Over the many years that I've been writing I've churned out millions of words: stories, poems, songs, feature articles, sketches, parodies ...
I've decided to add some them to my blog from time to time, so that crevices in time will include not only contemporary stuff, but also stuff produced over the past 40 or so year. Of Jokes, and Insults and Evangelists was first published on Triond in February, 2008. It has had almost 800 hits, and so is one of the most read of my articles.
Breakfast is a great occasion for mind wan/wonderings. Take this morning …
Just this morning I was drinking coffee at a local restaurant and reading a column written by Catherine Deveny, an Australian journalist who works for The Age newspaper in Melbourne. And it got me reminiscing. About old jokes and insults. Pretty soon, I was 14 again. That would have been in the late 1950s. Two jokes from that era have survived the ravages of brain cell deterioration.
The first joke:
A fellow sees a sign at the zoo, outside the llamas cage. It reads: “Beware the llama spits.”
And he was.
And it did.
The second jokes is built on the same joke-pattern as the first:
Two sailors are scrubbing the deck of a ship.
One says, “Where’s the soap?”
And the other replies, “Yes, it does.”
[I know I'll be accused of some kind of chauvinism, but I'm going to explain those jokes. Why? you ask. Because the other day, I told the following joke to a friend, and it took over twelve hours for her to get it. That joke goes like this:
So here are the explanations.
1. Joke #1 Beware (Be where) the llama spits, and he was (where the llama spits) and it did (spit)
2. Joke #2 Where's the soap (wears the soap). ]
Most people know that the “llama spits” joke is based on the actual behaviour of llamas. And if, like me, you watch “Funniest Home Videos”, you will in all likelihood have seen a caged llama spit into the face of a zoo visitor.
How insulting! To be spat upon by a llama.
‘Now wait a minute!’ I can hear you saying. “Yes, the llama may be spitting, but aren’t you indulging in anthropomorphism by claiming that the llama’s intention is to insult the spectator.’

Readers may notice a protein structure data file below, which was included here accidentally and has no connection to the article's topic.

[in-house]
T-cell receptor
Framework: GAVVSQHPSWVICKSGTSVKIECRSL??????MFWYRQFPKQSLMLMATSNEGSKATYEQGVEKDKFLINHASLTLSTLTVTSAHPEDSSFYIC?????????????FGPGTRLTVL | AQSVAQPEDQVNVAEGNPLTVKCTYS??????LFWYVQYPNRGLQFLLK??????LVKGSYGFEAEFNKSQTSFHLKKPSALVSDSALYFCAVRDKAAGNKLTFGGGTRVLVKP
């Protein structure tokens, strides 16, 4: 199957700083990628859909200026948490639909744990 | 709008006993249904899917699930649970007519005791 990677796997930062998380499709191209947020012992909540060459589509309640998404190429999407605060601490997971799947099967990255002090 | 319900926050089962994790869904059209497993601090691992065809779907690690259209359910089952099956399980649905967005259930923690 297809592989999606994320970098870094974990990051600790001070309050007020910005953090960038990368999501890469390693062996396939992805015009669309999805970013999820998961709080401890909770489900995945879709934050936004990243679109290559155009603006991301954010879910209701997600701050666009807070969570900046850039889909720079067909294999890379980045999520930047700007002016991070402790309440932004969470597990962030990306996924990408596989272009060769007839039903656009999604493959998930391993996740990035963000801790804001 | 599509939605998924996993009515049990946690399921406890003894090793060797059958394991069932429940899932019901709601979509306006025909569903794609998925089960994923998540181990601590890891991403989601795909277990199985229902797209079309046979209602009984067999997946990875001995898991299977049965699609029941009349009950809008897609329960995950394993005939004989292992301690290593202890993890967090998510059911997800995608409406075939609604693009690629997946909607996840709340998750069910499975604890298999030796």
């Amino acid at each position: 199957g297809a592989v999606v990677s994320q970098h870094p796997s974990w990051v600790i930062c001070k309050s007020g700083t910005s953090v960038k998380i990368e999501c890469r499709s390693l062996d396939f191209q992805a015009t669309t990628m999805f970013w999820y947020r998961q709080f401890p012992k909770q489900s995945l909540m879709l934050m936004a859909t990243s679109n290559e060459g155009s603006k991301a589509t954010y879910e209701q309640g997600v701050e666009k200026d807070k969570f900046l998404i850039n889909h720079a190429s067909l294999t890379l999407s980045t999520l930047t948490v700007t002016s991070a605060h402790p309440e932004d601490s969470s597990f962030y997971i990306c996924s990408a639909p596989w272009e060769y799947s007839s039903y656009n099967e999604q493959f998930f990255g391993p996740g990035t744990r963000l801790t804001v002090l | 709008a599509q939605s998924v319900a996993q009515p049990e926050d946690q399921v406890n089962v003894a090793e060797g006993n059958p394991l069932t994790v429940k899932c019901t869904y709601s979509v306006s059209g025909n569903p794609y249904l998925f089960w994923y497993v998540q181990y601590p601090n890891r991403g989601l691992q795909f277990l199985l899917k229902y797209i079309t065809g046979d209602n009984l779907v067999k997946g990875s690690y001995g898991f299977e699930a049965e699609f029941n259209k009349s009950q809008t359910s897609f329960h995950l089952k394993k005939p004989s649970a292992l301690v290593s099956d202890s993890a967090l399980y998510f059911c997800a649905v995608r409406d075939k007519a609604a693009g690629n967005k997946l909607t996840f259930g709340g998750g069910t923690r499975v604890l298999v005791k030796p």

Maybe, maybe. But there is evidence that animals ARE capable of intentional insult. You’ve no doubt heard about the monkeys and chimpanzees who have been taught to use sign language to communicate with their human guardians. Some of them develop vocabularies of 200 words or more – it’s the monkeys I’m referring to!
That must be one of the most succinct demolitions in the world of English letters.
She wrote: If I could write like this, I wouldn’t.
All of which brings me back to Catherine Deveny, and her column. She was having a rave about televangelists, and got onto one of my favourite topics: Benny Hinn and his Signs and Wonders School of Ministry. Sometimes when I can’t sleep I watch the tele-Pentecostals pouring out their evangelical messages, and performing their squeaky-clean gospel music, and telling people that God will give them wealth if they believe hard enough.
(I watch this stuff for the same reason I pay attention to Right wing politicians purveying their pro-war, pro-business, anti-Green message: it’s important to know what the enemy is up to.)
And near the top of my “not to be trusted” list is Benny Hinn. Why am I disturbed by Mr Hinn. Deveny quotes him as saying that Heaven is “a real city made of actual jewels that will descend to earth and cover the whole of America.” I wonder how he knows this? Could it be that … God spoke to him? That’s certainly what he wants us to believe. Life has taught me to be wary of any wealthy salesmen who are selling religion. The Bible said something about it being impossible to serve two masters: God and Mammon. So I don’t trust Benny.
Well, Deveny has come up with a great line that describes Benny Baby to a tee. It may not be original; it may even be a little adolescent. But that’s okay by me, because I reckon for clarity and succinctness and simple truth, it wins the jackpot.
Benny Hinn has the magnetism of a bag of sick.